top of page

By Sarah Minor

I had a friend who ate her brother and a friend with a pool in her basement and a friend who held me crying on a bathroom floor and kissed the boy I cried about the same day and I met a friend beneath a hand dryer and another buying pregnancy tests and I knew a friend who owned a dog who saved her mother from a blizzard by pointing the way home and I had a friend who loosened my nipple ring with pliers before the mammogram and a friend whose shirt I still sleep in and a friend who wore bubble wrap as a top and a friend who worked for months on a boat far from land where, at night in her bunk, she dreamed of the fishing net sailing into the hold and strangling her and I had a friend who kissed me and a friend who’d seen Jesus and a friend who threw a real dart at a map, moved 1000 miles, and stayed and I had a friend who died in a current and friend who loved my mother and a friend I double-crossed two times and one who gave me a tattoo and a friend with seven engorged ticks that I plucked off with my fingers and a friend who stood in my windowless bathroom staring at one spot on the ceiling until a large white feather floated down into her palm and I had a friend with a blackened aura and a friend who didn’t speak for a year and a friend who let her boyfriend touch me when I said I didn’t want it and I had a friend tell me that I’d lived many times and another who described me as “much shorter than she seems” and a friend whose mother sat on the couch after work every day chewing wintergreen candies and drinking Dr. Pepper and by 40 she had dentures and my friend had learned to drive the five hours home on unmarked back roads she’d memorized by following the gravel in both directions until two familiar paths crossed.

Sarah Minor is in love with her friends and is the author of Bright Archive (Rescue Press 2020).

Collage by Sarah Minor.

By Thomas Cook

Awake, rising, and sensing the cold absence, he would later covet that final moment of foggy confusion at the familiar sound of his father’s hunting rifle echoing from the garage below.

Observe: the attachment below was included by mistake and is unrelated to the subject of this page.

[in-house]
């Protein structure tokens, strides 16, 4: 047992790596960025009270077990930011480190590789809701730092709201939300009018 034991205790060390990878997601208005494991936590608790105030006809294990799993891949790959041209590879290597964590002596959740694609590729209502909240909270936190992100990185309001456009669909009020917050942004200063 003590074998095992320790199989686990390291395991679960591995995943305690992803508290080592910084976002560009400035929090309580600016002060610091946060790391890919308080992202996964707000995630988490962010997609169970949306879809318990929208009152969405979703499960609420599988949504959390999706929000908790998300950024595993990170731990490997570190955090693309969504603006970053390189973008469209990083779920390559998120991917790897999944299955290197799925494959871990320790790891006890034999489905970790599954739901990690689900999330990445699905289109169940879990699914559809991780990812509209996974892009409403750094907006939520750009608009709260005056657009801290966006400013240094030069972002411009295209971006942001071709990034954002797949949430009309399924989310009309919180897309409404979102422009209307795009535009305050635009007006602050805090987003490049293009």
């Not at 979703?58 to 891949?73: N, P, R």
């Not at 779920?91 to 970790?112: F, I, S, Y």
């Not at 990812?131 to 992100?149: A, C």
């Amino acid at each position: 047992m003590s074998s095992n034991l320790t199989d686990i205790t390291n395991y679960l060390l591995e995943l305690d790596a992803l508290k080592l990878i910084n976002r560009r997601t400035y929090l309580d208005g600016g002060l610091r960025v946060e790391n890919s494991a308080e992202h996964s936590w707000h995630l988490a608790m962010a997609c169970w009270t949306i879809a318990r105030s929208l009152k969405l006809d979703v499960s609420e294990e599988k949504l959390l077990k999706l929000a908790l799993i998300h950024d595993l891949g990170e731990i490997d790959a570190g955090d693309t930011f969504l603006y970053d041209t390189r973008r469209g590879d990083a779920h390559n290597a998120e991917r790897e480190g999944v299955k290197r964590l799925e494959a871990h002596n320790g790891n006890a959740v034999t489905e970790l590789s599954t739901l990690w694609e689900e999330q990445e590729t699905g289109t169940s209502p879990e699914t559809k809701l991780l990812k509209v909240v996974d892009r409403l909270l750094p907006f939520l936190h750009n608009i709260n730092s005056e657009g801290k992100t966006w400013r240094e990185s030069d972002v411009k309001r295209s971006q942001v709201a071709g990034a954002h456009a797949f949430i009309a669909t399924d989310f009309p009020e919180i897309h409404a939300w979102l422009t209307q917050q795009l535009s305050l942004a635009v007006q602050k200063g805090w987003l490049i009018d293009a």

Thomas Cook lives in Indianapolis, which in 2014 was voted the top convention city in the country by USA Today.

Art by Zach Schwartz; more visuals @regalmurk on Instagram.

By Dinty W. Moore

Day 56 and I hate my hair, my face, my hands, my hands touching my face, my hands touching my hair, wearing a mask, my neighbors who don’t wear masks, my neighbors who wear masks incorrectly, my neighbors who wear masks smugly, like some fucking statement of purity, or wokeness, myself for thinking that very thought, myself for knowing the word wokeness, smug people generally, the lady who sews 25 masks a day and posts pictures to Facebook, every fucking day, my neighbor who has a hot tub, my neighbor who has a greenhouse, my neighbor who probably hates me because I have a garden, yeast, the lack of yeast, people talking about yeast, the word yeast, sourdough starter, toilet paper, Netflix, people who hoard toilet paper, myself for buying too much toilet paper, my neighbor who walks his dog every 30 fucking minutes, and he’s thinner than me, by a factor of roughly 2,000, if that is even mathematically possible, math, math professors, math problems, problems, droplets, airborne droplets, how hard it is to get beer, the Kroger employee who thinks social distancing is pushing up within two inches of my face to put my birth date into the cash register so I can buy my beer, cash registers, self-checkout lines, grocery shopping, being afraid of grocery shopping, being afraid to read newspaper articles describing the symptoms, being afraid to read newspaper articles about what the world might look like two months from now, two years from now, next Tuesday, listening to idiot-face you-know-who blather on as if he had a freaking clue, as if he were a fucking scientist, very stable geniuses, Clue, Scrabble, Animal Crossing, my friends who manage to play online games using three or four devices simultaneously so they can move their pieces, still see one another, chat on the side, and simultaneously schedule online grocery delivery orders, online grocery delivery, social distancing, social distancing protesters, Nazis, those who are ignorant, those who are ignorant by choice, my elected representatives, Kellyanne Conway, insipid commercials from automobile manufacturer’s claiming they are “there for me,” insipid commercials generally, insincerity, television generally, my sofa, my bed, my life, washing my mail, washing my hands, washing my food, too much food, not enough food, pictures of other people’s food, people who lecture other people, people who go on and on about how much they hate the pandemic, myself for going on and on about how much I hate the pandemic, myself two months from now, myself two years from now, myself next Tuesday, myself, being afraid, being afraid to breathe.

Dinty W. Moore’s entire life is on hold.

Art by Jeff Kallet, whose work can be found on Flickr and Instagram.

bottom of page